Magazine article New Internationalist

Is It Time to Junk the UN Security Council?

Magazine article New Internationalist

Is It Time to Junk the UN Security Council?

Article excerpt


The UN Security Council (UNSC), in its current form, represents an antiquated approach to international politics.

The original intention behind its creation was for it to be an executive arm of the UN, enforcing the will of the international community against rogue states, ensuring compliance with international norms and promoting world peace. However, in reality the Security Council has proven to be Western-centric, overly concerned with the rights and interests of states - rather than that of individual human beings or human societies - and incompatible with the very urgent need to address many of the key issues and challenges of the contemporary world.

The UNSC 'permanent five', which exclusively claim veto power, comprises three closely allied Western states - the US, Britain and France (all NATO members) - and their traditional 'great power' opponents: Russia and China. The very existence of this privileged clique undermines any claims to fairness that supporters of the UNSC can make. Furthermore, the fact that those three Western powers have a long record of acting outside the perimeters of the UN when it suits them (Iraq and Kosovo, inter alia), or ignoring their responsibilities to other international norms when it suits them (Rwanda, Darfur...) and yet are willing to utilize their privileged positions in order to protect themselves or their friends demonstrates fundamental hypocrisy.

What we have is an inconsistency between the basic structure of the UN, the actions of the UNSC and the principle of fairness that occurs at two levels. First, the UN acknowledges states as the only legitimate form of human organization, despite the wide array of types of state and the unrepresentative nature of some states; and second, the UNSC represents the domination of that system by a few, very privileged, states. Given that this inconsistency is apparently irreconcilable, I contend that the UNSC should be scrapped.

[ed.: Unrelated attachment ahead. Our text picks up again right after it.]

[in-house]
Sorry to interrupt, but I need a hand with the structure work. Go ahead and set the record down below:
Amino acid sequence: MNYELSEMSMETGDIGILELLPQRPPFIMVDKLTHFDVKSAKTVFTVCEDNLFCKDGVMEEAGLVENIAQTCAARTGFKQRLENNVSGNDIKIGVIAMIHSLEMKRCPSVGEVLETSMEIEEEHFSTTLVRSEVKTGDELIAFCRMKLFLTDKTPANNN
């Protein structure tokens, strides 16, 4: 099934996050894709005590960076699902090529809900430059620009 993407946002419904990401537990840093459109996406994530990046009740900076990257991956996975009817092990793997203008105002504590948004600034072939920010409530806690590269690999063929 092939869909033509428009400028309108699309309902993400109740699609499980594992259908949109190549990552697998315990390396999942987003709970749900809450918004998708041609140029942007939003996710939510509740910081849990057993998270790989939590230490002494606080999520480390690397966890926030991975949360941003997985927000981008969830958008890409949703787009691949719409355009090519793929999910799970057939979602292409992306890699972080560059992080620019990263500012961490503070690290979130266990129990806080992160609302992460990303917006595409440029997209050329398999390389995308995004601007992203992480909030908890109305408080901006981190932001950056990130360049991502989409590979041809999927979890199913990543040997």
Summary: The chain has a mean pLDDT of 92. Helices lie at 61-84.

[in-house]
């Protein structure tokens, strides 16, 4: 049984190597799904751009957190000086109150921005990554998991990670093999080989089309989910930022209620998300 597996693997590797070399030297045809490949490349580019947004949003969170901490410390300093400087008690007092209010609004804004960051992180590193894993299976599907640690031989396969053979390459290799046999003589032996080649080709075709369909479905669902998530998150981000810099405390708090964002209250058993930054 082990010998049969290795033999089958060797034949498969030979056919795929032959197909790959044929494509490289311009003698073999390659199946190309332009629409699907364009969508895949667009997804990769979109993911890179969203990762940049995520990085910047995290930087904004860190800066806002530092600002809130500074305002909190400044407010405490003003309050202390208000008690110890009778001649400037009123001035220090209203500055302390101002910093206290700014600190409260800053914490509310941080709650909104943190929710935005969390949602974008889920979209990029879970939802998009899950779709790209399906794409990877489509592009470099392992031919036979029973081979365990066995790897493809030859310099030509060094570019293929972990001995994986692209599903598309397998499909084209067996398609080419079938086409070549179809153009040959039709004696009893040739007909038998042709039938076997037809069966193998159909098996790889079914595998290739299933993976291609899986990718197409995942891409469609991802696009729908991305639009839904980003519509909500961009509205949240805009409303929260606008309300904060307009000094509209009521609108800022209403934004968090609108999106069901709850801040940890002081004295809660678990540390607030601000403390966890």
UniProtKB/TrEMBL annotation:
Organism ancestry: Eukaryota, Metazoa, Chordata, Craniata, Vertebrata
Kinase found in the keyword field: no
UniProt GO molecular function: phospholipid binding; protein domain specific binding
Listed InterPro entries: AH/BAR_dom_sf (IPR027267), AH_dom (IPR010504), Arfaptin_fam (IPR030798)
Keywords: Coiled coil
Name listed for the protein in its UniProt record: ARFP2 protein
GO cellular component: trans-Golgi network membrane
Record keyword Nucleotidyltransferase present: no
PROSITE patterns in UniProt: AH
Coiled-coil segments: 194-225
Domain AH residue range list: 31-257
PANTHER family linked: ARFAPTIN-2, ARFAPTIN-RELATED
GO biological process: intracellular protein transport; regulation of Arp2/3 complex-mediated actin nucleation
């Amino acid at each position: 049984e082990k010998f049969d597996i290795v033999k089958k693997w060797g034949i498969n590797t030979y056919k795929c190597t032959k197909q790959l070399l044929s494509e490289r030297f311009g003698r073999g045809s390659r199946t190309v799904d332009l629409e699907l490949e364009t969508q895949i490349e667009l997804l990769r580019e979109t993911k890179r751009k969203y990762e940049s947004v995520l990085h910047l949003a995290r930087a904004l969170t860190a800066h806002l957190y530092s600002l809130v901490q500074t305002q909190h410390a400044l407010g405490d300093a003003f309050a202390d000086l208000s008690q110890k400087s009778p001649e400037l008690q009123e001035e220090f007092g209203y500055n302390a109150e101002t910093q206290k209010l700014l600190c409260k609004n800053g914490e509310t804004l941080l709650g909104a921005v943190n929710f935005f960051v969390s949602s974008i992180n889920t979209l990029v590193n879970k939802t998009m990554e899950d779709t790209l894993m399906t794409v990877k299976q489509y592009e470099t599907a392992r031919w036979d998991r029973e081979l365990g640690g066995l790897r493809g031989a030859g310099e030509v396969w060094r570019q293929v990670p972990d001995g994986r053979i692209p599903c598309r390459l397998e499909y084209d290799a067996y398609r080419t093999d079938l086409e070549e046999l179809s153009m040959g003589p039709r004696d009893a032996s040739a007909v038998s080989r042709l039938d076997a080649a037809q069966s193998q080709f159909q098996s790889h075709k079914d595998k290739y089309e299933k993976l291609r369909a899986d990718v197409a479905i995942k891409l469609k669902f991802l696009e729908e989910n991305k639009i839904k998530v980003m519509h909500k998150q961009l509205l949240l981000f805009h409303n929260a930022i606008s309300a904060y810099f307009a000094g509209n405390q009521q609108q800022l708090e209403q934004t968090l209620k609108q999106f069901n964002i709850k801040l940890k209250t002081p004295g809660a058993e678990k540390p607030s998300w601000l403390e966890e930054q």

You are right: the Security Council, like life, is not fair. But it was never meant to be. Its main goal is to moderate disputes between big powers and so reduce the risks of major war. In the past few years the US has hammered out deals with China and Russia on Iran, North Korea and, most recently, Syria through the UN. The process is often ugly and the human costs appalling - as the Syrian slaughter underlines. But I'd argue that UN diplomacy is still preferable to unfettered competition between Beijing, Moscow and Washington. I would actually like to see more big powers, like Brazil and India, become full-time members of the Council and give it more credibility as an arbiter in global arguments.

That doesn't mean I don't care about the Council's humanitarian role. The fact that the UN has over 100,000 peacekeepers worldwide in places like Haiti and Darfur indicates that the Council takes humanitarian crises far more seriously than it did during the Cold War. UN peacekeeping is an imperfect tool and big powers' interests obviously affect these deployments (Haiti would never get such attention if it weren't near the US ) but sometimes big powers approve good things for less-than-perfect reasons.

But let's pursue your proposal: scrap the Council. What, if anything, would you replace it with? A forum for NGOs? Oxfam and Amnesty International would have more humane and edifying debates than China and the US, but what could they deliver? Perhaps we should select 15 entirely random individuals from around the world to debate war and peace in place of the Council's current members.

I'm being facetious (I am all for NGOs and activists holding the UN to account). The Council is not the best mechanism we can imagine for running the world. But is there a politically realistic alternative?


You seem to accept both the inherent unfairness of the system and its inefficacies - which, you concede, constitute the politicization of international norms, sometimes at great human cost - merely because of a poverty of creative thought. …

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